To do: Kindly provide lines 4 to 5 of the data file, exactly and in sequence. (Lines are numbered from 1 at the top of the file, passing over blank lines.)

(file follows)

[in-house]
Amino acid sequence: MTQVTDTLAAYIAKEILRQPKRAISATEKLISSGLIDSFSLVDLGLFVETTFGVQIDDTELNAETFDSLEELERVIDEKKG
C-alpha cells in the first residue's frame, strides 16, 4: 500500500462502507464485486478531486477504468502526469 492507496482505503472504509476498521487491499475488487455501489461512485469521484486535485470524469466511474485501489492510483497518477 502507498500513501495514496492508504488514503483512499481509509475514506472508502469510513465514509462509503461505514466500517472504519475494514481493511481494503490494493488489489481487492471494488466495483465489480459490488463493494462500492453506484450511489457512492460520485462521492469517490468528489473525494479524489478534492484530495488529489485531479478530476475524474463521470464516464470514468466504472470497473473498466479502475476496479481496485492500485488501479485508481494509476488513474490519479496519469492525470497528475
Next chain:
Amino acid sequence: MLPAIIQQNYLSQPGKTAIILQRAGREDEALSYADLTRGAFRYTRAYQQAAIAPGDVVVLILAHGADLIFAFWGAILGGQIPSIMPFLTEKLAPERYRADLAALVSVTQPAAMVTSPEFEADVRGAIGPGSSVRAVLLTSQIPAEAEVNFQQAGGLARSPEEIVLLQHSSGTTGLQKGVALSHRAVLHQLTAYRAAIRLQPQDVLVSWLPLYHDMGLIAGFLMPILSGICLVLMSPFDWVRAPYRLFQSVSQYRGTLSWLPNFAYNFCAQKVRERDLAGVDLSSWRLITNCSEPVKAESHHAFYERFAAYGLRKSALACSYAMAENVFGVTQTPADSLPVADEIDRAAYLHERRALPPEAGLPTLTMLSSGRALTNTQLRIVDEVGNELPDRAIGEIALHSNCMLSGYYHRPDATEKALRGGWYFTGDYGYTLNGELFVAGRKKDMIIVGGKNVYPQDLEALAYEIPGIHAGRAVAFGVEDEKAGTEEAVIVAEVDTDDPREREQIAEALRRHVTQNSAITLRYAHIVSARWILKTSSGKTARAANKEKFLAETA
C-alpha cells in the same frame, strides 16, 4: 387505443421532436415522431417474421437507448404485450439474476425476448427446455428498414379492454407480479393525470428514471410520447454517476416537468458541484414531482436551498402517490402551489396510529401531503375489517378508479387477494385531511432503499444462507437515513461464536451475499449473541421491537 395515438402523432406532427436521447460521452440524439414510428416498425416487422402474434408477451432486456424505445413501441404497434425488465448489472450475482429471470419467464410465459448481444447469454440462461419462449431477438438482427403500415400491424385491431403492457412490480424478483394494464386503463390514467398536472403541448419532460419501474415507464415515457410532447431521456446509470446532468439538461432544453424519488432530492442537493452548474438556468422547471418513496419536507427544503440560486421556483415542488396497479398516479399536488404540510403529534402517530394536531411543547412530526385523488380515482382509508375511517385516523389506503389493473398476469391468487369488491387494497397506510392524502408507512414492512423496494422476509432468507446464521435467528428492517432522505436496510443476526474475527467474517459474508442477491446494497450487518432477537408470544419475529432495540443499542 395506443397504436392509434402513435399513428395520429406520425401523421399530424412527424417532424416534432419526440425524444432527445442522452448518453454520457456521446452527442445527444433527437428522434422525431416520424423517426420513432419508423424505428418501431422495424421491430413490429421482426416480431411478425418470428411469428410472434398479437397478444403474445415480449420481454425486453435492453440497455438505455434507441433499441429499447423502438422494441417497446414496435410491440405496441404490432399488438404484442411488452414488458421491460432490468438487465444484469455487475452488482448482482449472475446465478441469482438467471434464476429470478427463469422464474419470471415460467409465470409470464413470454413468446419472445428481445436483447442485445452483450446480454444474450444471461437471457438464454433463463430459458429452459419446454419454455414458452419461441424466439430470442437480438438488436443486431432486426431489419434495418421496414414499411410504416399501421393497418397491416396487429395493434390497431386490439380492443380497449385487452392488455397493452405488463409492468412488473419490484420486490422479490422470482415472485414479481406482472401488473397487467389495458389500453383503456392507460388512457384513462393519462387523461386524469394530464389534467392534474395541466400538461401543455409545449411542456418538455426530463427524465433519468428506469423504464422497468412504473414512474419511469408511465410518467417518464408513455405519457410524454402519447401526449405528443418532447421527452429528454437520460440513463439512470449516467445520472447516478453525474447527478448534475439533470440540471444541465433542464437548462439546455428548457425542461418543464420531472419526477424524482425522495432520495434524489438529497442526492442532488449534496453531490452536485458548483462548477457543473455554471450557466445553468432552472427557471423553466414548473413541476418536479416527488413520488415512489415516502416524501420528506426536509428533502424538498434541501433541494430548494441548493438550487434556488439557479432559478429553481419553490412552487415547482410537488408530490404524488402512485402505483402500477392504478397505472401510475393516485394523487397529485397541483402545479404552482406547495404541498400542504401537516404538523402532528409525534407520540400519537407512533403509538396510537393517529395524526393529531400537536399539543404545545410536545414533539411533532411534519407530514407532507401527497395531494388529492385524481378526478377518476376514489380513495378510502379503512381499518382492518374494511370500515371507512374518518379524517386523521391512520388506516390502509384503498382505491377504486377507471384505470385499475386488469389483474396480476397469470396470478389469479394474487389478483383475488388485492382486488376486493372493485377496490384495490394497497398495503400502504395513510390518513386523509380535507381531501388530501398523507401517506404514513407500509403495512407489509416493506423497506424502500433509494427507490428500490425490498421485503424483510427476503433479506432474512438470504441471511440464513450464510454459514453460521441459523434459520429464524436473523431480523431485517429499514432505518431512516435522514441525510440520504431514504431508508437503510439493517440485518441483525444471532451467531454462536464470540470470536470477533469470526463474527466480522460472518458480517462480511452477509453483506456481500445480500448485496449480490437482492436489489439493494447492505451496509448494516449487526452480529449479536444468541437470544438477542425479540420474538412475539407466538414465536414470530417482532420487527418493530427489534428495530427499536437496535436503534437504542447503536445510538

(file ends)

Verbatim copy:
Next chain:
Amino acid sequence: MLPAIIQQNYLSQPGKTAIILQRAGREDEALSYADLTRGAFRYTRAYQQAAIAPGDVVVLILAHGADLIFAFWGAILGGQIPSIMPFLTEKLAPERYRADLAALVSVTQPAAMVTSPEFEADVRGAIGPGSSVRAVLLTSQIPAEAEVNFQQAGGLARSPEEIVLLQHSSGTTGLQKGVALSHRAVLHQLTAYRAAIRLQPQDVLVSWLPLYHDMGLIAGFLMPILSGICLVLMSPFDWVRAPYRLFQSVSQYRGTLSWLPNFAYNFCAQKVRERDLAGVDLSSWRLITNCSEPVKAESHHAFYERFAAYGLRKSALACSYAMAENVFGVTQTPADSLPVADEIDRAAYLHERRALPPEAGLPTLTMLSSGRALTNTQLRIVDEVGNELPDRAIGEIALHSNCMLSGYYHRPDATEKALRGGWYFTGDYGYTLNGELFVAGRKKDMIIVGGKNVYPQDLEALAYEIPGIHAGRAVAFGVEDEKAGTEEAVIVAEVDTDDPREREQIAEALRRHVTQNSAITLRYAHIVSARWILKTSSGKTARAANKEKFLAETA